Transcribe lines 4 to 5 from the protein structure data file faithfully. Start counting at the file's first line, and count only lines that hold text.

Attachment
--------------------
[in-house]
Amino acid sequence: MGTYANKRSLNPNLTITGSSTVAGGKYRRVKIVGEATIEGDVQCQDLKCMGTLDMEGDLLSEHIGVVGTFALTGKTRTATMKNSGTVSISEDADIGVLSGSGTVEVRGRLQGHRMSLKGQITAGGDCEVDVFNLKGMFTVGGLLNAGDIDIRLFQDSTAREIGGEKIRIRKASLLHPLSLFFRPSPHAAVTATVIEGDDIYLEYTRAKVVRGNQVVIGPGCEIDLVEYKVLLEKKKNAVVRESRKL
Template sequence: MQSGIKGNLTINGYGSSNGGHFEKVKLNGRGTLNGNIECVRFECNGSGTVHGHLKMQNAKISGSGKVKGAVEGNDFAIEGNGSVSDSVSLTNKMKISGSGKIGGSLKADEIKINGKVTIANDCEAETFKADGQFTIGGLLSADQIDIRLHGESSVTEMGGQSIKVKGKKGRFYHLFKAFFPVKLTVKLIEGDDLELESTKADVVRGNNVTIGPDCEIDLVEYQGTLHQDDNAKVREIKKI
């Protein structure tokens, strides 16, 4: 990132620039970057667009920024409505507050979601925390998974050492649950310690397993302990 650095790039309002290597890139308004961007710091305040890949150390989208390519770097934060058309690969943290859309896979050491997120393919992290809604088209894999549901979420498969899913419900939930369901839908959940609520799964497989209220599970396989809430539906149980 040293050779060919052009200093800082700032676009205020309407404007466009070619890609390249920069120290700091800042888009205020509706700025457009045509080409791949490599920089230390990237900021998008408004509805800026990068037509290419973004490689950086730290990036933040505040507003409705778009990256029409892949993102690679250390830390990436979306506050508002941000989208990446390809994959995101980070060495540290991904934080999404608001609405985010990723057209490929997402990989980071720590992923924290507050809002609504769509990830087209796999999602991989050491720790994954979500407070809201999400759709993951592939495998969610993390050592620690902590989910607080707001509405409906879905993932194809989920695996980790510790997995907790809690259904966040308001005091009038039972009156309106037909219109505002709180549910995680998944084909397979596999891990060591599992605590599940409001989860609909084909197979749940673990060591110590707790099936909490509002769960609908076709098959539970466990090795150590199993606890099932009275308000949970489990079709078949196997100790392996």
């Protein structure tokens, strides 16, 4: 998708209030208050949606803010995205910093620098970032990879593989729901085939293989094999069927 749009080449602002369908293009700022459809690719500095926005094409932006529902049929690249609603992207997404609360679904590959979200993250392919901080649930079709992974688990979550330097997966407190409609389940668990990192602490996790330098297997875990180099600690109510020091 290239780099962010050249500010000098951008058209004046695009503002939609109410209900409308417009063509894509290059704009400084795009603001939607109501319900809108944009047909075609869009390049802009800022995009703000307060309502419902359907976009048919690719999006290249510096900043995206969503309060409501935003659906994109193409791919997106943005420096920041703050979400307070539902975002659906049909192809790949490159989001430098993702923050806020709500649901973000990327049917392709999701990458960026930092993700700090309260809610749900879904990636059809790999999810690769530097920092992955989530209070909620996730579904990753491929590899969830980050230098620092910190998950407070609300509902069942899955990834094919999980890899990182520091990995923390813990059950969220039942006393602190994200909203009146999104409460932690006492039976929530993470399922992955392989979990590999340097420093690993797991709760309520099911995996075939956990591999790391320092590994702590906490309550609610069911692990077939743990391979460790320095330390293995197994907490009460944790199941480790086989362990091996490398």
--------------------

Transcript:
């Protein structure tokens, strides 16, 4: 990132620039970057667009920024409505507050979601925390998974050492649950310690397993302990 650095790039309002290597890139308004961007710091305040890949150390989208390519770097934060058309690969943290859309896979050491997120393919992290809604088209894999549901979420498969899913419900939930369901839908959940609520799964497989209220599970396989809430539906149980 040293050779060919052009200093800082700032676009205020309407404007466009070619890609390249920069120290700091800042888009205020509706700025457009045509080409791949490599920089230390990237900021998008408004509805800026990068037509290419973004490689950086730290990036933040505040507003409705778009990256029409892949993102690679250390830390990436979306506050508002941000989208990446390809994959995101980070060495540290991904934080999404608001609405985010990723057209490929997402990989980071720590992923924290507050809002609504769509990830087209796999999602991989050491720790994954979500407070809201999400759709993951592939495998969610993390050592620690902590989910607080707001509405409906879905993932194809989920695996980790510790997995907790809690259904966040308001005091009038039972009156309106037909219109505002709180549910995680998944084909397979596999891990060591599992605590599940409001989860609909084909197979749940673990060591110590707790099936909490509002769960609908076709098959539970466990090795150590199993606890099932009275308000949970489990079709078949196997100790392996």
């Protein structure tokens, strides 16, 4: 998708209030208050949606803010995205910093620098970032990879593989729901085939293989094999069927 749009080449602002369908293009700022459809690719500095926005094409932006529902049929690249609603992207997404609360679904590959979200993250392919901080649930079709992974688990979550330097997966407190409609389940668990990192602490996790330098297997875990180099600690109510020091 290239780099962010050249500010000098951008058209004046695009503002939609109410209900409308417009063509894509290059704009400084795009603001939607109501319900809108944009047909075609869009390049802009800022995009703000307060309502419902359907976009048919690719999006290249510096900043995206969503309060409501935003659906994109193409791919997106943005420096920041703050979400307070539902975002659906049909192809790949490159989001430098993702923050806020709500649901973000990327049917392709999701990458960026930092993700700090309260809610749900879904990636059809790999999810690769530097920092992955989530209070909620996730579904990753491929590899969830980050230098620092910190998950407070609300509902069942899955990834094919999980890899990182520091990995923390813990059950969220039942006393602190994200909203009146999104409460932690006492039976929530993470399922992955392989979990590999340097420093690993797991709760309520099911995996075939956990591999790391320092590994702590906490309550609610069911692990077939743990391979460790320095330390293995197994907490009460944790199941480790086989362990091996490398």